Facebook reportedly lobbied George Osborne, the U.K.’s former Chancellor of the Exchequer, to influence the European Union’s data protection laws in the social network’s favor. Facebook COO Sheryl Sandberg also reportedly used her feminist memoir Lean In to win over female E.U. legislators.
According to Computer Weekly and the Observer, Facebook COO Sheryl Sandberg “asked then Chancellor of the Exchequer George Osborne to be ‘even more active and vocal’ in his concerns about European data protection legislation, and to ‘really help shape the proposals’, during a lobbying campaign to influence EU policy.”
“As part of attempts to woo Osborne, Sandberg invited one of his children to visit a Facebook office,” Computer Weekly reported, adding that Osborne “offered advice to Facebook about how it could gain visas more quickly to bring employees to London.”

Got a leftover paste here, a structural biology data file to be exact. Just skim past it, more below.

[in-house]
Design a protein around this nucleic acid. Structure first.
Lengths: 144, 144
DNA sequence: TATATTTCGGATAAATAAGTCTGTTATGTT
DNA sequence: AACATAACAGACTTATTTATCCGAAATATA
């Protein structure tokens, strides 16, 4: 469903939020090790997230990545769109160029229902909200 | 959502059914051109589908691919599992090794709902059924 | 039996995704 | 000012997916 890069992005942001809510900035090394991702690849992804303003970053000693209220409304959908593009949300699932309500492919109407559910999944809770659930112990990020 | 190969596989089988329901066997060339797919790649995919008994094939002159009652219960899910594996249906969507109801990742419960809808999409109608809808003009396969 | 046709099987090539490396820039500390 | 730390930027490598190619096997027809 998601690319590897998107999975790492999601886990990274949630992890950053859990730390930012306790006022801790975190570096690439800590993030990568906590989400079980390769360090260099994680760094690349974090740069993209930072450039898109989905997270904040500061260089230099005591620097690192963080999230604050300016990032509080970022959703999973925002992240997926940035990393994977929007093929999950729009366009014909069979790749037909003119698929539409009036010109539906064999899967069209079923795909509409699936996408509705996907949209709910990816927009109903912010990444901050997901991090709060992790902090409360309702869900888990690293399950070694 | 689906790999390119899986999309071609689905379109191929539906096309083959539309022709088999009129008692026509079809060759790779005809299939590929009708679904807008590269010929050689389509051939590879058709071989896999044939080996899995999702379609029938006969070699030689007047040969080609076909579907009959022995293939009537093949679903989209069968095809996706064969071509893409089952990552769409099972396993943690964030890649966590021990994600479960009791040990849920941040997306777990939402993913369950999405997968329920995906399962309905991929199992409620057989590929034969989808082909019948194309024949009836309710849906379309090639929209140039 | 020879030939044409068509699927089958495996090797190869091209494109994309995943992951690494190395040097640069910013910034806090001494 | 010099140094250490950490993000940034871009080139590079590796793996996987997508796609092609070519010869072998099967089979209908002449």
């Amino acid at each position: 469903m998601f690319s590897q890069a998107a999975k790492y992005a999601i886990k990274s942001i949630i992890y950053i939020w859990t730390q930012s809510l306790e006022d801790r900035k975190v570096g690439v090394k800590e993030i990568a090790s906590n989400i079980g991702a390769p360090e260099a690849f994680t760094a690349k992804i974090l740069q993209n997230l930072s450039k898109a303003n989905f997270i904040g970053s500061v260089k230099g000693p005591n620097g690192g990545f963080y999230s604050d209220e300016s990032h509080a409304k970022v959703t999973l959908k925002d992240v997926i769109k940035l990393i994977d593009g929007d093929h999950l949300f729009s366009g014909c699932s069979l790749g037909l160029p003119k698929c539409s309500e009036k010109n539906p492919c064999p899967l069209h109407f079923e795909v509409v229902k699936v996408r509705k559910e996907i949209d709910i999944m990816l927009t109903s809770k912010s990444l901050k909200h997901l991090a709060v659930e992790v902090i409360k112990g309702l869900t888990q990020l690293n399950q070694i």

The Guardian also reported that Facebook used Sandberg’s “feminist memoir Lean In to ‘bond’ with female European commissioners it viewed as hostile,” and utilized it as “a means of winning support from female legislators for Facebook’s wider agenda.”
Facebook senior executive Marne Levine, who wrote the “highly confidential” memo documenting Facebook’s efforts to lobby Osborne, detailed that, “The discussion was going well until he was basically giving himself a pat on the back for having a woman as his chief of staff. Sheryl and I looked at each other, and then Sheryl very nicely said, ‘I think what we should be focusing on is whether there has ever been a woman in your job (the principal role and not the supporting one), and if not, why not?’.”
Sandberg’s response “had an impact on him,” according to Levine, and prompted Osborne to offer to host a book reception for Sandberg at 10 Downing Street.
Osborne denied the reports, claiming that neither of his children have ever visited Facebook’s offices, and that he did not lobby the E.U. on behalf of Facebook.